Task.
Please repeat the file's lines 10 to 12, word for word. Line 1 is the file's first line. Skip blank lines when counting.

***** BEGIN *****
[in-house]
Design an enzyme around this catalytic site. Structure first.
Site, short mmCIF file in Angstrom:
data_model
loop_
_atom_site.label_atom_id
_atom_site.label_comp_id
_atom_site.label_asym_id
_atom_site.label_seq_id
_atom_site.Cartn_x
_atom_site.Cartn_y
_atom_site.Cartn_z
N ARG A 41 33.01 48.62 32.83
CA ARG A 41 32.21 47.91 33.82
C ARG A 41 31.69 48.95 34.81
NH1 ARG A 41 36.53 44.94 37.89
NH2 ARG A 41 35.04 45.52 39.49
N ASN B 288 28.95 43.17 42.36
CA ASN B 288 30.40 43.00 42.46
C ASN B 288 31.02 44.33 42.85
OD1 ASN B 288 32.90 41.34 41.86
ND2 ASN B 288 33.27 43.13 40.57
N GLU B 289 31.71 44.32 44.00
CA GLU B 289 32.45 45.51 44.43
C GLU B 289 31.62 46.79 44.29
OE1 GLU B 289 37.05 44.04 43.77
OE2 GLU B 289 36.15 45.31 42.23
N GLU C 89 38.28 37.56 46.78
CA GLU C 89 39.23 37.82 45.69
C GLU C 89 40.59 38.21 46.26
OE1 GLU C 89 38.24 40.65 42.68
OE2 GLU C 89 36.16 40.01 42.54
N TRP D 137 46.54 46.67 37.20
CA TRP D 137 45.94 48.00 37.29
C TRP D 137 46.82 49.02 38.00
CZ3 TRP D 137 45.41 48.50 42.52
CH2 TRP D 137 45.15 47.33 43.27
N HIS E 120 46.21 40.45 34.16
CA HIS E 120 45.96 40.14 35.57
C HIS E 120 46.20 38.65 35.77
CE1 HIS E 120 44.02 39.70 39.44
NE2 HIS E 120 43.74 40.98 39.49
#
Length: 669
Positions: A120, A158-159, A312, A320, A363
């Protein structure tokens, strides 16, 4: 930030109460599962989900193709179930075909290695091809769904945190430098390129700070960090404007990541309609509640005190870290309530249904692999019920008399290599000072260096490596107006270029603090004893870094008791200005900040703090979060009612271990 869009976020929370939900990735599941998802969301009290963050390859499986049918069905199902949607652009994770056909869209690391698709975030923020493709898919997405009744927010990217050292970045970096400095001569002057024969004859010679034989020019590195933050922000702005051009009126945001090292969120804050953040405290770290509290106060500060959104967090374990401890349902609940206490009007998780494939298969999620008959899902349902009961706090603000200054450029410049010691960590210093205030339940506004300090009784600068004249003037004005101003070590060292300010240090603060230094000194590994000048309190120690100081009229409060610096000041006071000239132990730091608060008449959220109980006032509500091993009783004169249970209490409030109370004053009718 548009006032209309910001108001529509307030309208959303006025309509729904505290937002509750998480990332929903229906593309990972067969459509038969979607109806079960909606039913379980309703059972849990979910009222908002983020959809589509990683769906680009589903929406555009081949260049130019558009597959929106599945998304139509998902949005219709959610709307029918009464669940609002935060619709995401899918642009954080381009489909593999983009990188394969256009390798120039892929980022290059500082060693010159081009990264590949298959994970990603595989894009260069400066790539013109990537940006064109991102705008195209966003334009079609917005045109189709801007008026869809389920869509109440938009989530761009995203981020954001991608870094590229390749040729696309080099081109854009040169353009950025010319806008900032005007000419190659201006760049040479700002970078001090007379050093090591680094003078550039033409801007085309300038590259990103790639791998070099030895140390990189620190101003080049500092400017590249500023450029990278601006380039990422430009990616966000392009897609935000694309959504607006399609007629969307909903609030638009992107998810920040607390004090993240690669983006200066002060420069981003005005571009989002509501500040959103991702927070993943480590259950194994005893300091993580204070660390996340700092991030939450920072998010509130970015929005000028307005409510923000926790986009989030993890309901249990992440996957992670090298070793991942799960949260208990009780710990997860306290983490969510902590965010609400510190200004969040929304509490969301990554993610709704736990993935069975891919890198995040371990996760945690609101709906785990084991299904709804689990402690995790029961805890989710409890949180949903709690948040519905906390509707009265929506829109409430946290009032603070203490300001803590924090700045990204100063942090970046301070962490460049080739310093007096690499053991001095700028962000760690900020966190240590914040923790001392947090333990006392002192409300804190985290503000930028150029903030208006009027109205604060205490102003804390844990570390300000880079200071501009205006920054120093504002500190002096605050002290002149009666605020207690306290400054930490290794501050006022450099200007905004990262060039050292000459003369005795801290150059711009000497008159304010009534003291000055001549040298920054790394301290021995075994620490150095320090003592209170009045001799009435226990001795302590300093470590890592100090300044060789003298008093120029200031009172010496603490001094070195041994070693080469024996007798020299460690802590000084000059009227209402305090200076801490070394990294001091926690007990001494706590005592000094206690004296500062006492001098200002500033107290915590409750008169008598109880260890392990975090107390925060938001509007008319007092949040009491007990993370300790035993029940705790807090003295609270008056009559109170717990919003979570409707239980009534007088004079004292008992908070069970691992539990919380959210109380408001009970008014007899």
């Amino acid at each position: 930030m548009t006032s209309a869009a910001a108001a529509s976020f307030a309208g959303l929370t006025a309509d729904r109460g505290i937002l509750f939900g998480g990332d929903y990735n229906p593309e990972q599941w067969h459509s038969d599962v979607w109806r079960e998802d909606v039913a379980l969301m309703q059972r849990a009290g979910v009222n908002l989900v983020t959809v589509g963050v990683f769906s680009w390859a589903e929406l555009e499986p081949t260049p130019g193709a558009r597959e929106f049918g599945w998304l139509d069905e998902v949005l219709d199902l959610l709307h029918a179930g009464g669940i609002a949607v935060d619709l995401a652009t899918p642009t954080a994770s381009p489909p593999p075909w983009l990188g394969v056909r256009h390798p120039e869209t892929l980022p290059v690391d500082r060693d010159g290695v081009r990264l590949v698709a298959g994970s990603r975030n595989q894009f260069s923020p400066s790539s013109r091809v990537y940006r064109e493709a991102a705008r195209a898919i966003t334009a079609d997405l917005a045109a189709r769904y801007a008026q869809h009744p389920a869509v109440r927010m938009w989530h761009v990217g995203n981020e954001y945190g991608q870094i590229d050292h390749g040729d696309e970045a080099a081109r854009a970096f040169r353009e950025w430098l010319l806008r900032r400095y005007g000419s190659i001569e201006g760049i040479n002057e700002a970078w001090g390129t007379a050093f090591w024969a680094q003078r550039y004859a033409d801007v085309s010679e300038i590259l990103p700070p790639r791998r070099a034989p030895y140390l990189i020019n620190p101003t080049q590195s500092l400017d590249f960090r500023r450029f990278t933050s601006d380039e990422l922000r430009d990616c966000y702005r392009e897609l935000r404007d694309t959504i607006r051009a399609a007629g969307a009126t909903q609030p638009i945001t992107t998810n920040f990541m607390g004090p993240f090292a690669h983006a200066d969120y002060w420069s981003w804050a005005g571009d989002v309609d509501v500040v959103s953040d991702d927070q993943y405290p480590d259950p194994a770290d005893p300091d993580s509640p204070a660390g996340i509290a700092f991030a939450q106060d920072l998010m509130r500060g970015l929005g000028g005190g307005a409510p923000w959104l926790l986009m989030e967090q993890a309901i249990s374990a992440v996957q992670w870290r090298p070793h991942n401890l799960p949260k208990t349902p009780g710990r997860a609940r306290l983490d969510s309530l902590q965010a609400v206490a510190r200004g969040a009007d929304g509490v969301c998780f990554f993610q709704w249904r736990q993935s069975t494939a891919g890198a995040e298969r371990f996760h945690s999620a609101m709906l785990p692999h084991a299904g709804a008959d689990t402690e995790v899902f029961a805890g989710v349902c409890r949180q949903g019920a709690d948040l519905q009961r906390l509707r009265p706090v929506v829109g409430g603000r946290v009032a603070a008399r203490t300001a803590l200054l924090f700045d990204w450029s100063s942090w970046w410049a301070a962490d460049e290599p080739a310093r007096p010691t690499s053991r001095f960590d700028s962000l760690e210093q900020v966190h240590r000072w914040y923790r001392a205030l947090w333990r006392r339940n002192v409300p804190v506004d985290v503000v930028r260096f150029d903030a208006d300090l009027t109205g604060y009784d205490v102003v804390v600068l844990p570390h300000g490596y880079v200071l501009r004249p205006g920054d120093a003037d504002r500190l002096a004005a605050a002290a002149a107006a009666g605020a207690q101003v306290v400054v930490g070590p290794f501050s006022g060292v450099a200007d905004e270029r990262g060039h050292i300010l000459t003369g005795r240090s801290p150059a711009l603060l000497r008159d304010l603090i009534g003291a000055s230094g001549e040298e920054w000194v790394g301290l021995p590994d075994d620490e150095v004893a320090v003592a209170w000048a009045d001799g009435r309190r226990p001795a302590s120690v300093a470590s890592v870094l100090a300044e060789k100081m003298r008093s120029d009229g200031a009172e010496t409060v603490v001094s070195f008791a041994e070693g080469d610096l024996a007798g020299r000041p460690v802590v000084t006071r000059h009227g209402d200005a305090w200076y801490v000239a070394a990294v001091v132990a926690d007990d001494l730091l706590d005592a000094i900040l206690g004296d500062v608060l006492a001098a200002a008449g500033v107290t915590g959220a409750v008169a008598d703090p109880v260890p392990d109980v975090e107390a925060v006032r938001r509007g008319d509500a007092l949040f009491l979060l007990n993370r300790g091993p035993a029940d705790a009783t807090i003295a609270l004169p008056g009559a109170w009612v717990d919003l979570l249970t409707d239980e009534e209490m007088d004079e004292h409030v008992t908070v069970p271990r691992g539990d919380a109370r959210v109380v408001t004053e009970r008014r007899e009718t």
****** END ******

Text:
_atom_site.Cartn_x
_atom_site.Cartn_y
_atom_site.Cartn_z